Paterno review: Pacino shines in serviceable biopic

(FILE PHOTO) In this composite image a comparison has been made between Joe Paterno (L) and Al Pacino. Actor Al Pacino will reportedly play football couch Joe Paterno in a film biopic produced by Rick Nicita. ***LEFT IMAGE*** STATE COLLEGE, PA - SEPTEMBER 06: Head coach Joe Paterno of the Penn State Nittany Lions during play against the Oregon State Beavers at Beaver Stadium on September 6, 2008 in State College, Pennsylvania. (Photo by Ronald Martinez/Getty Images) ***RIGHT IMAGE*** NEW YORK - APRIL 14: Actor Al Pacino attends the HBO Film's 'You Don't Know Jack' premiere at Ziegfeld Theatre on April 14, 2010 in New York City. (Photo by Michael Loccisano/Getty Images)
(FILE PHOTO) In this composite image a comparison has been made between Joe Paterno (L) and Al Pacino. Actor Al Pacino will reportedly play football couch Joe Paterno in a film biopic produced by Rick Nicita. ***LEFT IMAGE*** STATE COLLEGE, PA - SEPTEMBER 06: Head coach Joe Paterno of the Penn State Nittany Lions during play against the Oregon State Beavers at Beaver Stadium on September 6, 2008 in State College, Pennsylvania. (Photo by Ronald Martinez/Getty Images) ***RIGHT IMAGE*** NEW YORK - APRIL 14: Actor Al Pacino attends the HBO Film's 'You Don't Know Jack' premiere at Ziegfeld Theatre on April 14, 2010 in New York City. (Photo by Michael Loccisano/Getty Images) /
facebooktwitterreddit

Paterno fearlessly tackles its fascinating titular subject, but the execution does leave a lot to be desired.

Al Pacino has had one of the most accomplished careers of any actor to date, which makes his recent run of mediocrity disappointing to see. While he always brings his commanding presence and signature energy to ever role, Pacino’s talents have been wasted by movies that range from bad to truly terrible (looking at you Jack and Jill).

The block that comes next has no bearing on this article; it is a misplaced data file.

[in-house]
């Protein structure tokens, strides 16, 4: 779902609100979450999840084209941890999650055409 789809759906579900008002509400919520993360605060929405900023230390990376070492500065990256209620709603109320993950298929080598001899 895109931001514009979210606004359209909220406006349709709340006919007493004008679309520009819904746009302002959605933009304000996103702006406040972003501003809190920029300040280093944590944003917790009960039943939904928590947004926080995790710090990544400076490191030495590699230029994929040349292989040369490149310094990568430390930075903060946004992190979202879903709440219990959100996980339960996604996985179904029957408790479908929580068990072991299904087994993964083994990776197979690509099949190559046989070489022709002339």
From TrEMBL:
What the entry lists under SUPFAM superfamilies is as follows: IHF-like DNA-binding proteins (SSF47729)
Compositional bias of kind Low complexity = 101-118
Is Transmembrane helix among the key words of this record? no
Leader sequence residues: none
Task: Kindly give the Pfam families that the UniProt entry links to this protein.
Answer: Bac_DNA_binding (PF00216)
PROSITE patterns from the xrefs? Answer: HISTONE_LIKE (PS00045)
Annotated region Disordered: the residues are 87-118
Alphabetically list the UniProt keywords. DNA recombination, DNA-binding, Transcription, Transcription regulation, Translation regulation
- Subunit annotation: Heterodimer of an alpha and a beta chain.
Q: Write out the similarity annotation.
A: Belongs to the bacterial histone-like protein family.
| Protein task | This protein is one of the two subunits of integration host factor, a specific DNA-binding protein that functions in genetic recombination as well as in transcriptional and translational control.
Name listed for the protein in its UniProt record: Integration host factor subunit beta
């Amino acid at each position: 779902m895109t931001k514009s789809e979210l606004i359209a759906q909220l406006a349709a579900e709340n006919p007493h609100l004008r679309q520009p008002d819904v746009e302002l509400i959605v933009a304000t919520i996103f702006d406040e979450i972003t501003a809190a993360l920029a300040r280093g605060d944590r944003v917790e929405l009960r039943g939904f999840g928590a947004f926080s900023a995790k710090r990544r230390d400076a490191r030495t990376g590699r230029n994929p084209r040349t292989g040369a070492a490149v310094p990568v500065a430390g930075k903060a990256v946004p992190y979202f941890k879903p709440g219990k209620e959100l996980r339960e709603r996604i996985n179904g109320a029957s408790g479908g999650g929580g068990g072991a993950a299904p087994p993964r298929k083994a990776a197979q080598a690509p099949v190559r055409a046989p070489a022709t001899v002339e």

Pacino is back in the spotlight with Paterno, the latest TV movie from HBO. The film is focused on Penn State football coach Joe Paterno, whose historic legacy comes crashing down due to the a shocking sexual abuse scandal involving former assistant coach Jerry Sandusky.

More from HBO

Like most HBO movies, Paterno underwhelms with its merely competent execution. However, thanks to a talented cast and an honest approach to a fascinating story, there is enough in Paterno that makes it a worthy biopic.

Bringing this story to life is a talented ensemble cast. Pacino is easily the standout, as he not only resembles the head coach to a tee, but also delivers a strong performance. He perfectly captures Paterno stubborn love for football, which ultimately becomes his undoing as he sweeps major scandals under the rug. The performance in particular gets better as the material gets darker, with Pacino mining the shame and guilt that Paterno faced near the end of his life. Riley Keough makes the most out of a severely under-written role, delivering endless naturalism as journalist Sara Ganim. Annie Parisse, Kathy Baker, Peter Jacobson, and Greg Grunberg all deliver solid performances as well as Paterno’s family.

Where Paterno shines the most is in its focus of its titular character. The dynamic between Joe and his family unfolds with so many interesting complexities, as they individually decide how strongly they should support their father/husband under the circumstances. Scribe John Richards does a good job of exploring these dynamics while not straying too far away from the facts. Richards fact-based approach is able to convey the emotional weight of the characters effectively while staying true to the story.

From a craft perspective, this film is merely serviceable. Barry Levinson is an iconic director for good reason, but its clear that he’s past his prime. Stylistically the movie is very muted and dull, aside from some bewildering editing choices that are more frantic than exciting. I also think Levinson and Richards struggle at encompassing a more ambitious view of the story. Intertwining arcs involving a journalist reporting the cast and one of Sandusky’s victims are admirable in approach, but are too thinly-constructed to have any impact.

Paterno may not have quite the impact that it should, but it does an admirable job of telling its complicated narrative. I would not be shocked if this story was given the mini-series treatment at some point, as there is clearly a lot of material to explore.

Paterno is now available on HBO.